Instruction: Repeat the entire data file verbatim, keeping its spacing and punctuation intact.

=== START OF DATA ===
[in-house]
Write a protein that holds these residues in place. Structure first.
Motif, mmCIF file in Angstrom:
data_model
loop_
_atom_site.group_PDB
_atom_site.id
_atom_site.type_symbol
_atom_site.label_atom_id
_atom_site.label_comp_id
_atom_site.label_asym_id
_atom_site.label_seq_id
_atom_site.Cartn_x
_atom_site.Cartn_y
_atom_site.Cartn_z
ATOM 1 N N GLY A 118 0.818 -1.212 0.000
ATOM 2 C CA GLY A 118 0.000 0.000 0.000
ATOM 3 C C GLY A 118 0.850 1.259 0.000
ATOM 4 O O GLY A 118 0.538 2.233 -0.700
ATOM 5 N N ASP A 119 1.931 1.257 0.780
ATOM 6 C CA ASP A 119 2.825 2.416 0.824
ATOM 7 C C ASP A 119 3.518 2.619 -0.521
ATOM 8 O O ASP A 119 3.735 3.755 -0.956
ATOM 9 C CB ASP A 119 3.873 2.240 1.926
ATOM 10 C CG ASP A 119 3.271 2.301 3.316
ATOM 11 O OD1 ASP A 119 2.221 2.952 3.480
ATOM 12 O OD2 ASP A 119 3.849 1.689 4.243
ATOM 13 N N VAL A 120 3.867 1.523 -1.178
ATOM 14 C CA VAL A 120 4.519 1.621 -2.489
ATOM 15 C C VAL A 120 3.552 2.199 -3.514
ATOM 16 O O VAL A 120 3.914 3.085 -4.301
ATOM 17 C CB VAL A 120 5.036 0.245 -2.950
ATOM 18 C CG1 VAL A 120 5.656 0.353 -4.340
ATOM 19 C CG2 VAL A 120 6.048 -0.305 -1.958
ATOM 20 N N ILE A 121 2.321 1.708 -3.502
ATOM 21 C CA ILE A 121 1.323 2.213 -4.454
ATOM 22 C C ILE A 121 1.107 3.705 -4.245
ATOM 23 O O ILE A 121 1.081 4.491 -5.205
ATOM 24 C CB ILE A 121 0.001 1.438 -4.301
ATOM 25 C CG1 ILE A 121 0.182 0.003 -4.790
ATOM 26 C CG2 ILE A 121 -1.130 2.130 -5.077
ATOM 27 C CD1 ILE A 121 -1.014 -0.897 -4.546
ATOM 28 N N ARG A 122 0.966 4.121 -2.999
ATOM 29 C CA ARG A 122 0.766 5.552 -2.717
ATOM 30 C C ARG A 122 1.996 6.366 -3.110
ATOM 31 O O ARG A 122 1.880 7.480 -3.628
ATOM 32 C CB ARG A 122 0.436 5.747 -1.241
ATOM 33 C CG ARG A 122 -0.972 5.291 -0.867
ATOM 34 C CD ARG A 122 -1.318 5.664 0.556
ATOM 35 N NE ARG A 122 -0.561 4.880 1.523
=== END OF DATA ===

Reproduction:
[in-house]
Write a protein that holds these residues in place. Structure first.
Motif, mmCIF file in Angstrom:
data_model
loop_
_atom_site.group_PDB
_atom_site.id
_atom_site.type_symbol
_atom_site.label_atom_id
_atom_site.label_comp_id
_atom_site.label_asym_id
_atom_site.label_seq_id
_atom_site.Cartn_x
_atom_site.Cartn_y
_atom_site.Cartn_z
ATOM 1 N N GLY A 118 0.818 -1.212 0.000
ATOM 2 C CA GLY A 118 0.000 0.000 0.000
ATOM 3 C C GLY A 118 0.850 1.259 0.000
ATOM 4 O O GLY A 118 0.538 2.233 -0.700
ATOM 5 N N ASP A 119 1.931 1.257 0.780
ATOM 6 C CA ASP A 119 2.825 2.416 0.824
ATOM 7 C C ASP A 119 3.518 2.619 -0.521
ATOM 8 O O ASP A 119 3.735 3.755 -0.956
ATOM 9 C CB ASP A 119 3.873 2.240 1.926
ATOM 10 C CG ASP A 119 3.271 2.301 3.316
ATOM 11 O OD1 ASP A 119 2.221 2.952 3.480
ATOM 12 O OD2 ASP A 119 3.849 1.689 4.243
ATOM 13 N N VAL A 120 3.867 1.523 -1.178
ATOM 14 C CA VAL A 120 4.519 1.621 -2.489
ATOM 15 C C VAL A 120 3.552 2.199 -3.514
ATOM 16 O O VAL A 120 3.914 3.085 -4.301
ATOM 17 C CB VAL A 120 5.036 0.245 -2.950
ATOM 18 C CG1 VAL A 120 5.656 0.353 -4.340
ATOM 19 C CG2 VAL A 120 6.048 -0.305 -1.958
ATOM 20 N N ILE A 121 2.321 1.708 -3.502
ATOM 21 C CA ILE A 121 1.323 2.213 -4.454
ATOM 22 C C ILE A 121 1.107 3.705 -4.245
ATOM 23 O O ILE A 121 1.081 4.491 -5.205
ATOM 24 C CB ILE A 121 0.001 1.438 -4.301
ATOM 25 C CG1 ILE A 121 0.182 0.003 -4.790
ATOM 26 C CG2 ILE A 121 -1.130 2.130 -5.077
ATOM 27 C CD1 ILE A 121 -1.014 -0.897 -4.546
ATOM 28 N N ARG A 122 0.966 4.121 -2.999
ATOM 29 C CA ARG A 122 0.766 5.552 -2.717
ATOM 30 C C ARG A 122 1.996 6.366 -3.110
ATOM 31 O O ARG A 122 1.880 7.480 -3.628
ATOM 32 C CB ARG A 122 0.436 5.747 -1.241
ATOM 33 C CG ARG A 122 -0.972 5.291 -0.867
ATOM 34 C CD ARG A 122 -1.318 5.664 0.556
ATOM 35 N NE ARG A 122 -0.561 4.880 1.523